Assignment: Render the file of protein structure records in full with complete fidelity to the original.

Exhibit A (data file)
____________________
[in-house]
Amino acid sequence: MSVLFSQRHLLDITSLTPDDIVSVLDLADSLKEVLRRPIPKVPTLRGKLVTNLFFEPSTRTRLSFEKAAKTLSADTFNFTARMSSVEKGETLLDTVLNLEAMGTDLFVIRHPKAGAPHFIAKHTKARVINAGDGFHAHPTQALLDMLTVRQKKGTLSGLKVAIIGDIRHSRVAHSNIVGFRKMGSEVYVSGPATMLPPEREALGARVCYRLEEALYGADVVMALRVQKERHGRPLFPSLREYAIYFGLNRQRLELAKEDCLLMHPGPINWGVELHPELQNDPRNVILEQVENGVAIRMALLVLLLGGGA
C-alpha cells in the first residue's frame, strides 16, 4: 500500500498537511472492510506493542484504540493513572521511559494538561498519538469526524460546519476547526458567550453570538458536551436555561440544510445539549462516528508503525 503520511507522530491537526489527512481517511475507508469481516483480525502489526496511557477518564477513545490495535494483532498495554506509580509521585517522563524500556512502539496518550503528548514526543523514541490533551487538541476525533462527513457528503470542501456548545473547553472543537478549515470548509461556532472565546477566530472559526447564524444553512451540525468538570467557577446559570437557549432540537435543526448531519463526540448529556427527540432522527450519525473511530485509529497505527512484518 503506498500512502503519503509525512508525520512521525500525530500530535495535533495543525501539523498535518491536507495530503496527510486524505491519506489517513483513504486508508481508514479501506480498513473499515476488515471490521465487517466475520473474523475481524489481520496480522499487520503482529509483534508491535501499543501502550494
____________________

[in-house]
Amino acid sequence: MSVLFSQRHLLDITSLTPDDIVSVLDLADSLKEVLRRPIPKVPTLRGKLVTNLFFEPSTRTRLSFEKAAKTLSADTFNFTARMSSVEKGETLLDTVLNLEAMGTDLFVIRHPKAGAPHFIAKHTKARVINAGDGFHAHPTQALLDMLTVRQKKGTLSGLKVAIIGDIRHSRVAHSNIVGFRKMGSEVYVSGPATMLPPEREALGARVCYRLEEALYGADVVMALRVQKERHGRPLFPSLREYAIYFGLNRQRLELAKEDCLLMHPGPINWGVELHPELQNDPRNVILEQVENGVAIRMALLVLLLGGGA
C-alpha cells in the first residue's frame, strides 16, 4: 500500500498537511472492510506493542484504540493513572521511559494538561498519538469526524460546519476547526458567550453570538458536551436555561440544510445539549462516528508503525 503520511507522530491537526489527512481517511475507508469481516483480525502489526496511557477518564477513545490495535494483532498495554506509580509521585517522563524500556512502539496518550503528548514526543523514541490533551487538541476525533462527513457528503470542501456548545473547553472543537478549515470548509461556532472565546477566530472559526447564524444553512451540525468538570467557577446559570437557549432540537435543526448531519463526540448529556427527540432522527450519525473511530485509529497505527512484518 503506498500512502503519503509525512508525520512521525500525530500530535495535533495543525501539523498535518491536507495530503496527510486524505491519506489517513483513504486508508481508514479501506480498513473499515476488515471490521465487517466475520473474523475481524489481520496480522499487520503482529509483534508491535501499543501502550494